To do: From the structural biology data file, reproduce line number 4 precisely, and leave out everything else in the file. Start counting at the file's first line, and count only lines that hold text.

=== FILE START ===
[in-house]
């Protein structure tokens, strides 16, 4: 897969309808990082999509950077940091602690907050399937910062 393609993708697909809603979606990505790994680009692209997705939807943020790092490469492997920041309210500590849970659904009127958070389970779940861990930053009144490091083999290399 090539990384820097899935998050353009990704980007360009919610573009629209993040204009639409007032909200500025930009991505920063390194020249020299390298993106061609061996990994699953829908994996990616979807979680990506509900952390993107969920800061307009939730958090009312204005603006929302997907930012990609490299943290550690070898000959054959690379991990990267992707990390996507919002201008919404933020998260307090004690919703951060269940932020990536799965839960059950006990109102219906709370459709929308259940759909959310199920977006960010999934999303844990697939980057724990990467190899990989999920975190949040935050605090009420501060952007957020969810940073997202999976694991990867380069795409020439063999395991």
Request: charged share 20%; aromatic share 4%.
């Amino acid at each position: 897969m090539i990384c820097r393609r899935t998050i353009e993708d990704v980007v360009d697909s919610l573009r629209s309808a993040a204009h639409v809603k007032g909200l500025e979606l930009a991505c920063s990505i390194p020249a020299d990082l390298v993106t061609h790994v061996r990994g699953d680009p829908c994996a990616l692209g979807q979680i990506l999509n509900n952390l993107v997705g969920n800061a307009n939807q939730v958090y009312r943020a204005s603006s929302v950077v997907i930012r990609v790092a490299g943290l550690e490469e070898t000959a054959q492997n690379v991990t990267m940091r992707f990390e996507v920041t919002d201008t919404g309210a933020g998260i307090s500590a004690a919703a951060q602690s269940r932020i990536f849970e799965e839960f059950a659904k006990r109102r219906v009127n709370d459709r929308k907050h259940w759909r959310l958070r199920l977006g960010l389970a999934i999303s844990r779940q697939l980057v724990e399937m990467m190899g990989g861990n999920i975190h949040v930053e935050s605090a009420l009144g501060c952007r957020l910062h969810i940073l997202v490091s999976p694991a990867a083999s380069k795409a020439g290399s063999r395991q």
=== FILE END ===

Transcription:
């Amino acid at each position: 897969m090539i990384c820097r393609r899935t998050i353009e993708d990704v980007v360009d697909s919610l573009r629209s309808a993040a204009h639409v809603k007032g909200l500025e979606l930009a991505c920063s990505i390194p020249a020299d990082l390298v993106t061609h790994v061996r990994g699953d680009p829908c994996a990616l692209g979807q979680i990506l999509n509900n952390l993107v997705g969920n800061a307009n939807q939730v958090y009312r943020a204005s603006s929302v950077v997907i930012r990609v790092a490299g943290l550690e490469e070898t000959a054959q492997n690379v991990t990267m940091r992707f990390e996507v920041t919002d201008t919404g309210a933020g998260i307090s500590a004690a919703a951060q602690s269940r932020i990536f849970e799965e839960f059950a659904k006990r109102r219906v009127n709370d459709r929308k907050h259940w759909r959310l958070r199920l977006g960010l389970a999934i999303s844990r779940q697939l980057v724990e399937m990467m190899g990989g861990n999920i975190h949040v930053e935050s605090a009420l009144g501060c952007r957020l910062h969810i940073l997202v490091s999976p694991a990867a083999s380069k795409a020439g290399s063999r395991q």